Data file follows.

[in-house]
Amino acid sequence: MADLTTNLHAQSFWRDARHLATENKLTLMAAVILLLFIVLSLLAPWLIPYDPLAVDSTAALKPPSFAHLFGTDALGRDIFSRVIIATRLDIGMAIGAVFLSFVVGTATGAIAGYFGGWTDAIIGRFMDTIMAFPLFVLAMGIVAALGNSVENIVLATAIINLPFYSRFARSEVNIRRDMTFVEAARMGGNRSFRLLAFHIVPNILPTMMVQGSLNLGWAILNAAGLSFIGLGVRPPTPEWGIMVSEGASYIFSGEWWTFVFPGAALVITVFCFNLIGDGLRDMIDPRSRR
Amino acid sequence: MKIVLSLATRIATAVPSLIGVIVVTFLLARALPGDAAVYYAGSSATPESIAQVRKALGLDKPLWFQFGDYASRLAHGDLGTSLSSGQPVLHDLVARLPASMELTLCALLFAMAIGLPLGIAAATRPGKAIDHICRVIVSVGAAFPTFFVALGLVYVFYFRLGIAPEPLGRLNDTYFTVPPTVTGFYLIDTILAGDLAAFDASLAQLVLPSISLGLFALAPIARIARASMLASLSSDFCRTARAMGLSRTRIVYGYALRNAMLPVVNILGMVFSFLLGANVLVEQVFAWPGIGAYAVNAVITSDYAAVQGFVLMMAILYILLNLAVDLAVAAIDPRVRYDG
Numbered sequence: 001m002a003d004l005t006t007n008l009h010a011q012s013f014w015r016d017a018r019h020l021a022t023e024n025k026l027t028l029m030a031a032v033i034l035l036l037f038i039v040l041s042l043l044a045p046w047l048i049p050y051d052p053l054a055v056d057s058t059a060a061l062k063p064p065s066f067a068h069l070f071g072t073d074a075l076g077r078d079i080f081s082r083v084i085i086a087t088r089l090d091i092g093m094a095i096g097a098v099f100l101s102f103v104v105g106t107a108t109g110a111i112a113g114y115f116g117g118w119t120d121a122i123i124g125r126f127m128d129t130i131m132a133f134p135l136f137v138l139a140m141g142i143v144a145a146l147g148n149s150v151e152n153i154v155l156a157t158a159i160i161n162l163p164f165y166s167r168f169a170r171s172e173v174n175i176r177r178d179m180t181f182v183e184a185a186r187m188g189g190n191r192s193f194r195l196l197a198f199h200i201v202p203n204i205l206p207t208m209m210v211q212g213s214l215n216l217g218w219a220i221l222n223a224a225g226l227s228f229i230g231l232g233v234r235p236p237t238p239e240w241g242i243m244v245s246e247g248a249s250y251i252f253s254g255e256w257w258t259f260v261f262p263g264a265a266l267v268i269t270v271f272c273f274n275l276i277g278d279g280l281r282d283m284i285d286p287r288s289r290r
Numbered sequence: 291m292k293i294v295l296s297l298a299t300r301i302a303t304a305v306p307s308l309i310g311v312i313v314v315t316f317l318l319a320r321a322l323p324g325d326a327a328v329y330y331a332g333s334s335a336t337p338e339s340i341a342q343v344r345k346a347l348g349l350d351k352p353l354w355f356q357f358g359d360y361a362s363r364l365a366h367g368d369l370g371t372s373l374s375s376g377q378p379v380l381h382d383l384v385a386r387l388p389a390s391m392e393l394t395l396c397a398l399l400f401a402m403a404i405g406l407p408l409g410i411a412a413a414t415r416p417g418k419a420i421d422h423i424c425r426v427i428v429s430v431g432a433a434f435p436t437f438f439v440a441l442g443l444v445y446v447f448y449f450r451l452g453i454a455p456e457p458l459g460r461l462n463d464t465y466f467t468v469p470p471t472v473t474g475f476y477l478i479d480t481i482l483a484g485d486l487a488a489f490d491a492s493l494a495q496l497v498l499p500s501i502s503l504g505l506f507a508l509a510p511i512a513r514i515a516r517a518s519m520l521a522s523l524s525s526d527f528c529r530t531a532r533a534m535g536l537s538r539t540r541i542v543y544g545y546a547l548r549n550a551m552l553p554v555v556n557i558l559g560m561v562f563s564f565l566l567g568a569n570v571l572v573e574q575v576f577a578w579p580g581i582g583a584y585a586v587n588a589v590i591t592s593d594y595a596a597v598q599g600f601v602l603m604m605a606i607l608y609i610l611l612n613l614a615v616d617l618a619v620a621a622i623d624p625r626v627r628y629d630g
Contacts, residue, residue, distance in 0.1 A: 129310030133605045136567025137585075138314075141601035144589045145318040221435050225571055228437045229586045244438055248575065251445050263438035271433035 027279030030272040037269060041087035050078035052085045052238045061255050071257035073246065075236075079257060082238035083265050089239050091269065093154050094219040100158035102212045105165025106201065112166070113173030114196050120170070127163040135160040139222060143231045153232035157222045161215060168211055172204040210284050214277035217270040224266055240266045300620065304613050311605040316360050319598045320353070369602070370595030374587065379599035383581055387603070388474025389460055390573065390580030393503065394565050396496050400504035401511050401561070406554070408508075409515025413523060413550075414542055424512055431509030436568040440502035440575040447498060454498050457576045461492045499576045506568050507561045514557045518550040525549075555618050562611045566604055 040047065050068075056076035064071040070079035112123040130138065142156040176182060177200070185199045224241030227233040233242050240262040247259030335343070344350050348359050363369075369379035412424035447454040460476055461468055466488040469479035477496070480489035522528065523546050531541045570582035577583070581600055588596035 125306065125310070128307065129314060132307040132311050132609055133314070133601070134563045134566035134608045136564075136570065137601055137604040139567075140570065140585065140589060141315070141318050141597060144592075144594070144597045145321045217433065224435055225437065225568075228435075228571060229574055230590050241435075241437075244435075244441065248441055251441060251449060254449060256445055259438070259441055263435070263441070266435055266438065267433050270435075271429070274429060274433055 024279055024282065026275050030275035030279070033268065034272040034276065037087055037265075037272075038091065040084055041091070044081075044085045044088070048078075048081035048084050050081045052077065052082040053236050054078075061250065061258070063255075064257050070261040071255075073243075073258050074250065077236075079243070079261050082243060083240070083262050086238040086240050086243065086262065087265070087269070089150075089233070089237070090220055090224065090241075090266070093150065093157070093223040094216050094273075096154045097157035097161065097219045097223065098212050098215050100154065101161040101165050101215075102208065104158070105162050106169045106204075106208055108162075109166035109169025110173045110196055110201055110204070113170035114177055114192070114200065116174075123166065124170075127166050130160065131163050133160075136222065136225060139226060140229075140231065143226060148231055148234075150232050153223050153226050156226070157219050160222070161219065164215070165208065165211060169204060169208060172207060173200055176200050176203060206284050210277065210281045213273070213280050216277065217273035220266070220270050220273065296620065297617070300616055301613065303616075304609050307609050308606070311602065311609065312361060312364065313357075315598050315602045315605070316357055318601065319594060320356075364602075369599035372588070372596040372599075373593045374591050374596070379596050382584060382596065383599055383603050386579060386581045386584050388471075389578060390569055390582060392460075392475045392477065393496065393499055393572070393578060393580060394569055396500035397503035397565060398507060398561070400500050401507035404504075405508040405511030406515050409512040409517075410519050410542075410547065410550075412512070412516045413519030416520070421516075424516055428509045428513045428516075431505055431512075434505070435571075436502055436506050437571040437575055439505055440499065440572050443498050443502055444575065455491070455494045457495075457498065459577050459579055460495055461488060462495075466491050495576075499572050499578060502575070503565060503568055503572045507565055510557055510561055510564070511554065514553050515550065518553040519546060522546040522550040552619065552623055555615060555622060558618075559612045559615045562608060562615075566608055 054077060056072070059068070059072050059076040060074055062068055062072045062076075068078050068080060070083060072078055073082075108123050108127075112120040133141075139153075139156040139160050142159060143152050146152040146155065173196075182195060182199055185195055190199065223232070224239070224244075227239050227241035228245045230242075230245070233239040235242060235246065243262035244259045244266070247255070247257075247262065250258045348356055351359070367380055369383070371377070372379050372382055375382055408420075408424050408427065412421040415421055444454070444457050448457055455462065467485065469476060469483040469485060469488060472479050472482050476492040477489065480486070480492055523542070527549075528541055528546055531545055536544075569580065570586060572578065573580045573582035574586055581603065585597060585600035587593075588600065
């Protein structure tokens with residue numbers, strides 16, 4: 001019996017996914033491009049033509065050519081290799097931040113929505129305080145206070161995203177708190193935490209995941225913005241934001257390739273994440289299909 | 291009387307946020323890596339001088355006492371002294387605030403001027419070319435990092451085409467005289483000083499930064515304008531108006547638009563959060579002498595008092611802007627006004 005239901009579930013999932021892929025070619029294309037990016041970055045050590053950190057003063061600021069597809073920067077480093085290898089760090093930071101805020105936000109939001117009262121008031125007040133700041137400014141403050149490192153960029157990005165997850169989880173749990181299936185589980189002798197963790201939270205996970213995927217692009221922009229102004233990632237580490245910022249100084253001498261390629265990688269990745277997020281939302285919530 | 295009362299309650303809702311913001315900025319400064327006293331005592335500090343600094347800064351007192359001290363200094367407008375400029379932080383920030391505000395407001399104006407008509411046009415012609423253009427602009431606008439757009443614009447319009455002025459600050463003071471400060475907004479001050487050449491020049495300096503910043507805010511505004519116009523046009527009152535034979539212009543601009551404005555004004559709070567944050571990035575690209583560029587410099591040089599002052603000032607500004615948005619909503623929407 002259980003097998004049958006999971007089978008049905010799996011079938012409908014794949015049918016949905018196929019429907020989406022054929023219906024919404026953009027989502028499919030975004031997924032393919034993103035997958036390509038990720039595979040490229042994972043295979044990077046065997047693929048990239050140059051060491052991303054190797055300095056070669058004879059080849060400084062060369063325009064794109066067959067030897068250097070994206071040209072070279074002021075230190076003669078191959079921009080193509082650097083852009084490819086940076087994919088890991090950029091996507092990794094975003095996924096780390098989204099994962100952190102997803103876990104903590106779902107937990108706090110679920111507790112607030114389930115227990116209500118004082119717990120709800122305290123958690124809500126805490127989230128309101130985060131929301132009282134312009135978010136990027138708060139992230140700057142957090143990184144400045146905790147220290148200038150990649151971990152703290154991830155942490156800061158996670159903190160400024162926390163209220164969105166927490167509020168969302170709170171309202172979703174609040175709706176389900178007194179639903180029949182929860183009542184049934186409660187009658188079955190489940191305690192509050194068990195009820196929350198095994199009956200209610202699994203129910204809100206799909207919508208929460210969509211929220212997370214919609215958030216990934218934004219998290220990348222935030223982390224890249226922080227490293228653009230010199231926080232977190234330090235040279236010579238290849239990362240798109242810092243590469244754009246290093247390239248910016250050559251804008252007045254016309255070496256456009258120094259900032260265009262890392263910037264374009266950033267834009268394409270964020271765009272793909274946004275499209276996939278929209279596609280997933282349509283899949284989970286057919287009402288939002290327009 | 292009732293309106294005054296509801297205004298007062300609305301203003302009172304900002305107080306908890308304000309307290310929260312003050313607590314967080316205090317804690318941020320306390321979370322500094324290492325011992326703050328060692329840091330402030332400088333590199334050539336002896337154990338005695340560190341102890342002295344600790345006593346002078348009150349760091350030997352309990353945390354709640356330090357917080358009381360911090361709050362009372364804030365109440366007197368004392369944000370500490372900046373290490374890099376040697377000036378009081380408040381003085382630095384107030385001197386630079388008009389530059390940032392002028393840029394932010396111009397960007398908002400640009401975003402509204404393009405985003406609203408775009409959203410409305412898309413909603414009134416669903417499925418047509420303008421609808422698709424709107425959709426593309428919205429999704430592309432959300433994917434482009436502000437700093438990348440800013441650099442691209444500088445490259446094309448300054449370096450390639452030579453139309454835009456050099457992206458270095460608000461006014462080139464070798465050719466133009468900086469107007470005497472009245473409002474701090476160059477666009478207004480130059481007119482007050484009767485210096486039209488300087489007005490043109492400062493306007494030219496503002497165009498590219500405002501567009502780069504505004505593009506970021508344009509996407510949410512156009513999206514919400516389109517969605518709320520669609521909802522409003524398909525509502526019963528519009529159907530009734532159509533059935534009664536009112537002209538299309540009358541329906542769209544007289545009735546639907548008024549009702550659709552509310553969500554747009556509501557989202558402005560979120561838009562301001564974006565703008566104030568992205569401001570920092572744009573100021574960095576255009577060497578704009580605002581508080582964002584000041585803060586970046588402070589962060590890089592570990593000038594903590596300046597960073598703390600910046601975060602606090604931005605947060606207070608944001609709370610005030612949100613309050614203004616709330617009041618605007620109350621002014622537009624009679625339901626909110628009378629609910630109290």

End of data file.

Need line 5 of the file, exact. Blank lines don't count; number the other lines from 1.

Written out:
Numbered sequence: 291m292k293i294v295l296s297l298a299t300r301i302a303t304a305v306p307s308l309i310g311v312i313v314v315t316f317l318l319a320r321a322l323p324g325d326a327a328v329y330y331a332g333s334s335a336t337p338e339s340i341a342q343v344r345k346a347l348g349l350d351k352p353l354w355f356q357f358g359d360y361a362s363r364l365a366h367g368d369l370g371t372s373l374s375s376g377q378p379v380l381h382d383l384v385a386r387l388p389a390s391m392e393l394t395l396c397a398l399l400f401a402m403a404i405g406l407p408l409g410i411a412a413a414t415r416p417g418k419a420i421d422h423i424c425r426v427i428v429s430v431g432a433a434f435p436t437f438f439v440a441l442g443l444v445y446v447f448y449f450r451l452g453i454a455p456e457p458l459g460r461l462n463d464t465y466f467t468v469p470p471t472v473t474g475f476y477l478i479d480t481i482l483a484g485d486l487a488a489f490d491a492s493l494a495q496l497v498l499p500s501i502s503l504g505l506f507a508l509a510p511i512a513r514i515a516r517a518s519m520l521a522s523l524s525s526d527f528c529r530t531a532r533a534m535g536l537s538r539t540r541i542v543y544g545y546a547l548r549n550a551m552l553p554v555v556n557i558l559g560m561v562f563s564f565l566l567g568a569n570v571l572v573e574q575v576f577a578w579p580g581i582g583a584y585a586v587n588a589v590i591t592s593d594y595a596a597v598q599g600f601v602l603m604m605a606i607l608y609i610l611l612n613l614a615v616d617l618a619v620a621a622i623d624p625r626v627r628y629d630g